Testament of Our Lord
“We have learned not only not to return blow for blow, nor to go to law with those who plunder and rob us, but to those who smite us on the one side of the face to offer the other side also, and to those who take away our coat to give likewise our cloak.”“We cannot endure even to see a man put to death, though justly.”
“What if the law of nature – that is, the law of God – commands what is opposed to the written law? Does not reason tell us to bid a long farewell to the written code… and to give ourselves up to the Legislator, God. This is so even if in doing so it may be necessary to encounter dangers, countless labors, and even death and dishonor.”“It is not for the purpose of escaping public duties that Christians decline public offices, but that they may reserve themselves for a divine and more necessary service in the church of God for the salvation of men.”“How was it possible for the Gospel doctrine of peace, which doesn’t permit men to take vengeance even on their enemies, to prevail throughout the earth, unless at the coming of Jesus a milder spirit had been introduced into the order of things?”“Our prayers defeat all demons who stir up war. Those demons also lead persons to violate their oaths and to disturb the peace. Accordingly, in this way, we are much more helpful to the kings than those who go into the field to fight for them. And we do take our part in public affairs when we join self-denying exercises to our righteous prayers and meditations, which teach us to despise pleasures and not to be led away from them. So none fight better for the king than we do. Indeed, we do not fight under him even if he demands it. Yet, we fight on his behalf, forming a special army – an army of godliness – by offering our prayers to God.”“We have come in accordance with the counsels of Jesus to cut down our warlike and arrogant swords of argument into ploughshares, and we convert into sickles the spears we formerly used in fighting. For we no longer take sword against nation, nor do we learn any more to make war, having become sons of peace for the sake of Jesus, who is our leader.”“If all the Romans were to be converted they will by praying overcome their enemies – or rather they will not make war at all, being guarded by the Divine power, which promised to save five whole cities for the sake of fifty righteous men.”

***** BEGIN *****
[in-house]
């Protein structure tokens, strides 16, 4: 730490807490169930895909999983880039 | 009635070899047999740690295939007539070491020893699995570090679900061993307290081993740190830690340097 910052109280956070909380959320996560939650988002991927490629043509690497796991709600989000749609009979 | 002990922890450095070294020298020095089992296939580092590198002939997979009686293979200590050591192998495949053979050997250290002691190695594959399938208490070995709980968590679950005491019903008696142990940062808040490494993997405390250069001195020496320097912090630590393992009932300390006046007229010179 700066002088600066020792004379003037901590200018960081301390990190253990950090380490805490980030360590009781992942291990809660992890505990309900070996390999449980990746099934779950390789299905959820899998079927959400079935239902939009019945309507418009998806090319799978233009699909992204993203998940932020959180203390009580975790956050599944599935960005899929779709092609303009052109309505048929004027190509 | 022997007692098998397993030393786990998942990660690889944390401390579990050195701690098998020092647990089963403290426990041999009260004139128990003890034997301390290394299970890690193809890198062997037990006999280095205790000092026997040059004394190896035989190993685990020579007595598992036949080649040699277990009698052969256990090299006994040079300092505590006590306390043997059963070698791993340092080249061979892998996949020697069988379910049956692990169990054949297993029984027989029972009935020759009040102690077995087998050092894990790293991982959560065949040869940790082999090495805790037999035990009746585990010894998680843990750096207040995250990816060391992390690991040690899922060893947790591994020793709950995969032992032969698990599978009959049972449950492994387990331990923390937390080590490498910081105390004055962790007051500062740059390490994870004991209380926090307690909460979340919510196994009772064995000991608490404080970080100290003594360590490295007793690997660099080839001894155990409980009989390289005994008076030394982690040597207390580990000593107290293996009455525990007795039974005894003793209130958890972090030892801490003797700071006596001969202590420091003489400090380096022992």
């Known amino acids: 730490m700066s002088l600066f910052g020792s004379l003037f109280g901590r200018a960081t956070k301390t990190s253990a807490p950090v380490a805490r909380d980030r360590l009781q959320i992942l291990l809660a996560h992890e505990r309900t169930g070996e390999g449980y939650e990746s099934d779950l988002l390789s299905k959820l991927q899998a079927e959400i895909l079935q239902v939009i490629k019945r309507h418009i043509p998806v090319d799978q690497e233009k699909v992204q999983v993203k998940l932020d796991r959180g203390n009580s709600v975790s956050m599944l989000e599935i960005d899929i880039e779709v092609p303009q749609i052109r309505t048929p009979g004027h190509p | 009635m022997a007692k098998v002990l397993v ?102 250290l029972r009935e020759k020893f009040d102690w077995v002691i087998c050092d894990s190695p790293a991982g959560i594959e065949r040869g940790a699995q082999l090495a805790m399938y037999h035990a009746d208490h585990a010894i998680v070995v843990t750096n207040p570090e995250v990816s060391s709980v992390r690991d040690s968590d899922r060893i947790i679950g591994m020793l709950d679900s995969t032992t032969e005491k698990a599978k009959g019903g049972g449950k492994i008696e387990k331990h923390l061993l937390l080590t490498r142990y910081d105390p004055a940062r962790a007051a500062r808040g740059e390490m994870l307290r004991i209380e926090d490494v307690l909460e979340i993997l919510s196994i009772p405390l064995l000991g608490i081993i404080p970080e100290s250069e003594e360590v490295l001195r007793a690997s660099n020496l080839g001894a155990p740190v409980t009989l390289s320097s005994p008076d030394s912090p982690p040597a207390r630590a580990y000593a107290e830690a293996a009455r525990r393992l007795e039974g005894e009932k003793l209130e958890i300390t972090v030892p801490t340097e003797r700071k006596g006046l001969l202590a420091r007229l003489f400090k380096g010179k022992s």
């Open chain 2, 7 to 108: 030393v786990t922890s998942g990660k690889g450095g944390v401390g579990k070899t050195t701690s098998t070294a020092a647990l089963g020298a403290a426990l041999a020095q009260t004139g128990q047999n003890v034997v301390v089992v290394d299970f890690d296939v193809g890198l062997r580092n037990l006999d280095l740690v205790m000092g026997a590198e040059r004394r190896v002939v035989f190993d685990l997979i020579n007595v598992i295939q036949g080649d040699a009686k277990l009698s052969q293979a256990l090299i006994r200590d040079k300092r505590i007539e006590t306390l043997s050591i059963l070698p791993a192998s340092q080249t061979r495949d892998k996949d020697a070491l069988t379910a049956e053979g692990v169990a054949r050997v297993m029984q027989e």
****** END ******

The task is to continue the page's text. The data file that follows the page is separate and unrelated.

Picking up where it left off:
These we hold in contempt, though to the generality they appear matters of great importance; for we have learned, not only not to return blow for blow, nor to go to law with those who plunder and rob us, but to those who smite us on one side of the face to offer the other side also, and to those who take away our coat to give likewise our cloak. But, when we have surrendered our property, they plot against our very bodies and souls, pouring upon us wholesale charges of crimes of which we are guiltless even in thought, but which belong to these idle praters themselves, and to the whole tribe of those who are like them. – ibid
But among us you will find uneducated persons, and artisans, and old women, who, if they are unable in words to prove the benefit of our doctrine, yet by their deeds exhibit the benefit arising from their persuasion of its truth: they do not rehearse speeches, but exhibit good works; when struck, they do not strike again; when robbed, they do not go to law; they give to those that ask of them, and love their neighbors as themselves. – ibid
Clement of Alexandria
For in the first Epistle to the Corinthians the divine apostle says: “Dare any of you, having a matter against the other, go to law before the unrighteous, and not before the saints? Know you not that the saints shall judge the world?” and so on. The section being very long, we shall exhibit the meaning of the apostle’s utterance by emphasizing such of the apostolic expressions… For he does not merely instance the Gnostic as characterized by suffering wrong rather than doing wrong; but he teaches that he is not mindful of injuries, and does not allow him even to pray against the man who has done him wrong. For he knows that the Lord expressly commanded “to pray for enemies.” To say, then, that the man who has been injured goes to law before the unrighteous, is nothing else than to say that he shows a wish to retaliate, and a desire to injure the second in return, which is also to do wrong likewise himself. And his saying, that he wishes “some to go to law before the saints,” points out those who ask by prayer that those who have done wrong should suffer retaliation for their injustice, and intimates that the second are better than the former; but they are not yet obedient, if they do not, having become entirely free of resentment, pray even for their enemies.
And shall the son of peace take part in the battle when it does not become him even to sue at law?